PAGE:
Breast Engorgement During Breastfeeding
Parents, sometimes the first days or weeks of breastfeeding aren’t always easy. Mothers might have significant engorgement about three days after delivery. Some may have none, or engorge later, around four to six weeks postnatal. But why?
In this article:
Before talking about breast engorgement solutions, I would like to define engorgement. There are two types: vascular and late.
Vascular engorgement refers to the immediate postnatal period, what is often called lactation. But the breast isn’t just engorging with milk. There are three liquids—blood, milk and edema (swelling) around the breast structures.
Swelling causes engorgement. In mammals (because we’re mammals) nature is well made. When a mother gives birth and the placenta is expelled, a message is sent to the brain: “The baby is born, you have to feed it.”
The blood that went to the placenta will flow up to the breast vascularisation. That is why two or three, sometimes five days after delivery, the majority of mothers will feel engorgement. It feels like pressure in the mammary glands, a filling up.
An engorged mother also has redness of the breasts because blood is colouring the skin. And the breasts will become warm because blood heats the body. Why are the veins in a mother’s breast distended, bluish? Because the mammary glands have never contained so much liquid. The blood accumulation allows lactogenesis, milk production. Blood will flow through the blood vessels to the alveoli (milk sac) to manufacture milk and it’s required elements. The milk uses milk ducts to flow into the baby’s mouth when they feed.
The second type is late engorgement. It appears around five or six weeks postnatal and involves stagnation of milk in the breasts. There are several possible causes.
- Breastfeeding errors, such as mothers who increase bottle feeding without pumping their milk. You can use a pacifier or give the baby supplements when feeding them while they wait. The breastfeeding periods are further apart, which leads to milk accumulation.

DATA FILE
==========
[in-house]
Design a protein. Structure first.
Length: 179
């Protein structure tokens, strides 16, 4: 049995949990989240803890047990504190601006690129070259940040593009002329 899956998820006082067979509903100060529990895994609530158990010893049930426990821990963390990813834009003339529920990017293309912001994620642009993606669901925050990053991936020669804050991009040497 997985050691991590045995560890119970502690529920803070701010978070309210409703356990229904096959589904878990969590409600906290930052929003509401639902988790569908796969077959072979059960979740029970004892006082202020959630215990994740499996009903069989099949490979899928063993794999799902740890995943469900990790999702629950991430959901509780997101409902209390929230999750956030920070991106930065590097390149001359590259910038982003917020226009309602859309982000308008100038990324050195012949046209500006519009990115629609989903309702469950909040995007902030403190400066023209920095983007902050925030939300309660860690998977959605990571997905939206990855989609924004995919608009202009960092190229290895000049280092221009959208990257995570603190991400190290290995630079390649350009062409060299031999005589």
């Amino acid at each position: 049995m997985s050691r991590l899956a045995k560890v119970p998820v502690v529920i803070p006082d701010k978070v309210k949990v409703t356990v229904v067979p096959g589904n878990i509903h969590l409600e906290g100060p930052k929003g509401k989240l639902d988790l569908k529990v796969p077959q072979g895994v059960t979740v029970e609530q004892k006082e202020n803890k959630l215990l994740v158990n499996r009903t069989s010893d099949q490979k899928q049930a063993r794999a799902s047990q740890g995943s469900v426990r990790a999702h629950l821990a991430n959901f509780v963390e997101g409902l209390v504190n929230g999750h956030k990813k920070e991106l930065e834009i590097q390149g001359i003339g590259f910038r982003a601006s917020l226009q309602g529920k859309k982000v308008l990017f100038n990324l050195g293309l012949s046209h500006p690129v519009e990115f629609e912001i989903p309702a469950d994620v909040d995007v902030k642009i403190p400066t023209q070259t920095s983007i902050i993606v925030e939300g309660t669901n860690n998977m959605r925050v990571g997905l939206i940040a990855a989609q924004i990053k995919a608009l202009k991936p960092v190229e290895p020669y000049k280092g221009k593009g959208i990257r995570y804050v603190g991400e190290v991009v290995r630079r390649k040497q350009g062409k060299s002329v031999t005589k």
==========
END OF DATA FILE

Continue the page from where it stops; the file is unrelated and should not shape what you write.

- Blocked milk ducts, which is coagulated milk in the ducts preventing normal milk flow. Sometimes the breasts redden, there is swelling, or a white spot on the nipple tip that is a curdled, coagulated milk plug. A blocked duct is very painful during breastfeeding. The swelling that can occur is discomforting.
- Since mothers produce enough milk for three children but often just have one, there is overproduction. Mothers should breastfeed from one breast at a time to lower the stimulation of neurotransmitters in her breasts. The message is too frequent and production too abundant for her baby’s needs. Even if the baby feeds from both breasts, they never empty them. Stagnant milk accumulates from one feed to another. This can lead to pathological engorgement and infections.
During severe engorgement, the nipples are flat, not erect, which makes it difficult for the baby to take the nipple and increases the mother’s pain.
So you might be wondering what can mothers do if this situation occurs? Good question! If this happens, you have to prevent complications or repeat engorgements. You have to fix basic factors such as
- A proper diet;
- Get help in the home;
- Treat breast wounds.
And to avoid engorgement, you have to regularly empty the breasts.
If you would like hints about engorgement, go to the next entry, Hints for Breast Engorgement.
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Thank you for the differentiation. Not once have I heard this from a lactation specialist, nurse or doctor.